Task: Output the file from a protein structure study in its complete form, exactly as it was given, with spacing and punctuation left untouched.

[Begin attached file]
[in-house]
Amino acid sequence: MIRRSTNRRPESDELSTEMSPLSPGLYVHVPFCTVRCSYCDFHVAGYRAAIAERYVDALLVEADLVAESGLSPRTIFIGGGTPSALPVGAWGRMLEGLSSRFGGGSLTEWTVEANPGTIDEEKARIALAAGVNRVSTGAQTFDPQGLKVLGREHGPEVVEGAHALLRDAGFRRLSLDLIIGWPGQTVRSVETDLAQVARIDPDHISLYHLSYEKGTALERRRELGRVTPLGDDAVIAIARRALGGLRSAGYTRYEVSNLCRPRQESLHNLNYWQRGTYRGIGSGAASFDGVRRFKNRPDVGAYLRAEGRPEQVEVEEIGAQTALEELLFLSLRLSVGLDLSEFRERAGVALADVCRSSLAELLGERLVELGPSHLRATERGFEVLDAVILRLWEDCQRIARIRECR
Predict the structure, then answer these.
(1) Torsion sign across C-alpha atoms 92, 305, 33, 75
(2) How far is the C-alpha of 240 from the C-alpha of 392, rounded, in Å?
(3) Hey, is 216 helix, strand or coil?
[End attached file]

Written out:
[in-house]
Amino acid sequence: MIRRSTNRRPESDELSTEMSPLSPGLYVHVPFCTVRCSYCDFHVAGYRAAIAERYVDALLVEADLVAESGLSPRTIFIGGGTPSALPVGAWGRMLEGLSSRFGGGSLTEWTVEANPGTIDEEKARIALAAGVNRVSTGAQTFDPQGLKVLGREHGPEVVEGAHALLRDAGFRRLSLDLIIGWPGQTVRSVETDLAQVARIDPDHISLYHLSYEKGTALERRRELGRVTPLGDDAVIAIARRALGGLRSAGYTRYEVSNLCRPRQESLHNLNYWQRGTYRGIGSGAASFDGVRRFKNRPDVGAYLRAEGRPEQVEVEEIGAQTALEELLFLSLRLSVGLDLSEFRERAGVALADVCRSSLAELLGERLVELGPSHLRATERGFEVLDAVILRLWEDCQRIARIRECR
Predict the structure, then answer these.
(1) Torsion sign across C-alpha atoms 92, 305, 33, 75
(2) How far is the C-alpha of 240 from the C-alpha of 392, rounded, in Å?
(3) Hey, is 216 helix, strand or coil?